When most of us imagine Jane Austen romanticism, it's all about fashionable dresses, handsome suitors, and witty repartee. But what about intimate relations in Georgian England? It turns out Austen left out the more salacious details of her era. Wedged in between the Puritan beliefs of the 1600s and the rigid rules governing relations in the Victorian era, the Georgian period witnessed a revolution that was anything but repressed.
Premarital relations in the 1700s was on the rise: men and women openly bragged about their escapades, men attracted to other men visited molly houses for covert love affairs, and one enterprising lady of the night bragged that she slept with 100 men in a single week. Even British royals got caught up in the atmosphere: George III's brother was sued for sleeping with an earl's wife, and George IV cried on his wedding day because he didn't want to leave his mistresses (spoiler: he kept them around).
Not everyone agreed with the liberated atmosphere of the Georgian period. Undercover agents infiltrated clubs to report on their salacious activity, and Parliament even considered a bill accusing women who "tricked" men into marriage by wearing makeup of witchcraft. Despite these attempts to wipe away the stains of disrepute, not many eras can compare with the steamy scandals of Jane Austen's age.
The Duke of Devonshire and his wife Georgiana had a very modern living arrangement. Their marriage was a patent failure, and eventually the Duke began to look elsewhere for satisfaction. When his eyes fell on Lady Elizabeth Foster he became infatuated. There was only one problem: Lady Foster was his wife's best friend. Georgiana and Lady Foster were so close that they even had a portrait painted of them together.
Regardless, the Duke took Lady Foster as his mistress, eventually moving her into his house. Despite this, the three appear to have found something that worked for them. The mistress, the Duke, and the Duchess agreed to a ménage à trois of sorts, and the Duke's illegitimate children were raised in the nursery along with his legal heirs.
Duchess Georgiana also carried on her fair share of affairs, including one with the future Prime Minister Charles Grey.
Unlike their Puritan forebears, the Georgians were more open about their dalliances. Men and women both openly talked about their infidelity, even among the nobility. When the Duchess of Gordon discovered her daughter's fiancé was getting cold feet due to the history of mental illness prevalent within the Gordon family, she chose to alleviate his fears in an unusual way: namely, telling him her daughter was most likely fathered by another man. The Duchess proclaimed, “But my Lord, there is not a drop of Gordon blood in her veins." Who her daughter's real father might have been is a different matter entirely.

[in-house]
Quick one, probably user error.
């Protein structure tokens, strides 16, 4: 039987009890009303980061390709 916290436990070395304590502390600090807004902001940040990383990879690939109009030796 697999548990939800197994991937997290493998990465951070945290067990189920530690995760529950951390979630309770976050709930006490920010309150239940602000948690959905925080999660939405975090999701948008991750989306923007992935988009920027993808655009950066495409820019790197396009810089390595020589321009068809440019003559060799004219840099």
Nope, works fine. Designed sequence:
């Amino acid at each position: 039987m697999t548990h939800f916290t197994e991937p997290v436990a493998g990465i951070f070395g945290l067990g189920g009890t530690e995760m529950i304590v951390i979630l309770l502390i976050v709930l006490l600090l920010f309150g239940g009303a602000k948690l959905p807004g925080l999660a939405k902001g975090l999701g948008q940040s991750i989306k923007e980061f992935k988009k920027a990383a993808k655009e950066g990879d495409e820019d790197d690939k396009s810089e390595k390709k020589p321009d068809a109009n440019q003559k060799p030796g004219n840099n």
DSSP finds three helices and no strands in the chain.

The argument didn't convince the fiancé to go through with the marriage, in part because he was happily engaged in a relationship with his mistress, another noblewoman.
Yes, gay bars existed in the 18th century – at least that's how we would think of them in modern terms. They were known as molly houses, named after the term "molly," a slur for men who were, in today's terminology, members of the LGBT community. They were one of the few places such men could come together to meet and drink, among other things. One undercover agent reported that in a Beech Lane molly house, "I found a company of men fiddling and dancing and singing bawdy songs, kissing and using their hands in a very unseemly manner."
Some molly houses even hosted drag balls. Men dressed in "gowns, petticoats, headcloths, fine laced shoes... some had riding hoods, some were dressed like milkmaids, others like shepherdesses with green hats, waistcoats, and petticoats," reported a witness. Homosexuality was still against the law, but molly houses provided a (mostly) safe space for England's LGBT population at the time.
Cathouses and courtesans were popular in the Georgian period, but it was a profession made for the young. When one particular aging courtesan ran short on funds, she decided to blackmail some of the most powerful men in Britain. Harriette Wilson was desperate for money when she published her memoir in 1825, releasing the salacious document in 12 installments. To maximize her earnings, Wilson wrote her former clients demanding money to keep their names out of the next installment.
Wilson's tell-all included an ambassador, a foreign secretary, multiple dukes (including the Duke of Wellington, the era's foremost military hero), and the king himself. One of Wilson's targets even sent the letter she'd written him to The Times, which published it in full, and others sued the publisher.